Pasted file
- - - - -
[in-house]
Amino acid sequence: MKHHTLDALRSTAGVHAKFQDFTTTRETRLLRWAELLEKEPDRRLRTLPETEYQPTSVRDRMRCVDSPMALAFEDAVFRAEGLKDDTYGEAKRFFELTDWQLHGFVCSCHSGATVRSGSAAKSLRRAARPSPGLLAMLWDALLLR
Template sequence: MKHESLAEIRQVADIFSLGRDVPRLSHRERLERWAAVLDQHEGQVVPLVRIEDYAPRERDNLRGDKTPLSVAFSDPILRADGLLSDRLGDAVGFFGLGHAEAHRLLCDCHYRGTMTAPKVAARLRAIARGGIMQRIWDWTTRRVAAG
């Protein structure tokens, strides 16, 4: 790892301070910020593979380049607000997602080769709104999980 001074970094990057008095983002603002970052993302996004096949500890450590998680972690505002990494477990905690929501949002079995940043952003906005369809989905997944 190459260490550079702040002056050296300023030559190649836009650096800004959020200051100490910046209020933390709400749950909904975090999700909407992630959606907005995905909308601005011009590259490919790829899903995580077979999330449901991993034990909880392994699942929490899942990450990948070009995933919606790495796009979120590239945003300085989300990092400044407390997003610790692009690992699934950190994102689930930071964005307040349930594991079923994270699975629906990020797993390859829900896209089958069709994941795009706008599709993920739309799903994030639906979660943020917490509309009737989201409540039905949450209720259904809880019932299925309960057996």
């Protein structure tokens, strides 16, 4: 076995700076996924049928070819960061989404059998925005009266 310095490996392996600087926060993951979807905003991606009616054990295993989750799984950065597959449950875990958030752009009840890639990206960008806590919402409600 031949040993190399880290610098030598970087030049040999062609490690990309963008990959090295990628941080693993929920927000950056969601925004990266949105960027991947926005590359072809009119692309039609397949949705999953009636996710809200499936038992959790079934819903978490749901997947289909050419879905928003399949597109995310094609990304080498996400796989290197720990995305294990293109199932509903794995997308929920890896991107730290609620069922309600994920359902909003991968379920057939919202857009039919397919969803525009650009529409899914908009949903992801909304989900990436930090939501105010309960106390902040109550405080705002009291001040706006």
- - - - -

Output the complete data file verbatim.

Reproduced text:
[in-house]
Amino acid sequence: MKHHTLDALRSTAGVHAKFQDFTTTRETRLLRWAELLEKEPDRRLRTLPETEYQPTSVRDRMRCVDSPMALAFEDAVFRAEGLKDDTYGEAKRFFELTDWQLHGFVCSCHSGATVRSGSAAKSLRRAARPSPGLLAMLWDALLLR
Template sequence: MKHESLAEIRQVADIFSLGRDVPRLSHRERLERWAAVLDQHEGQVVPLVRIEDYAPRERDNLRGDKTPLSVAFSDPILRADGLLSDRLGDAVGFFGLGHAEAHRLLCDCHYRGTMTAPKVAARLRAIARGGIMQRIWDWTTRRVAAG
């Protein structure tokens, strides 16, 4: 790892301070910020593979380049607000997602080769709104999980 001074970094990057008095983002603002970052993302996004096949500890450590998680972690505002990494477990905690929501949002079995940043952003906005369809989905997944 190459260490550079702040002056050296300023030559190649836009650096800004959020200051100490910046209020933390709400749950909904975090999700909407992630959606907005995905909308601005011009590259490919790829899903995580077979999330449901991993034990909880392994699942929490899942990450990948070009995933919606790495796009979120590239945003300085989300990092400044407390997003610790692009690992699934950190994102689930930071964005307040349930594991079923994270699975629906990020797993390859829900896209089958069709994941795009706008599709993920739309799903994030639906979660943020917490509309009737989201409540039905949450209720259904809880019932299925309960057996």
């Protein structure tokens, strides 16, 4: 076995700076996924049928070819960061989404059998925005009266 310095490996392996600087926060993951979807905003991606009616054990295993989750799984950065597959449950875990958030752009009840890639990206960008806590919402409600 031949040993190399880290610098030598970087030049040999062609490690990309963008990959090295990628941080693993929920927000950056969601925004990266949105960027991947926005590359072809009119692309039609397949949705999953009636996710809200499936038992959790079934819903978490749901997947289909050419879905928003399949597109995310094609990304080498996400796989290197720990995305294990293109199932509903794995997308929920890896991107730290609620069922309600994920359902909003991968379920057939919202857009039919397919969803525009650009529409899914908009949903992801909304989900990436930090939501105010309960106390902040109550405080705002009291001040706006």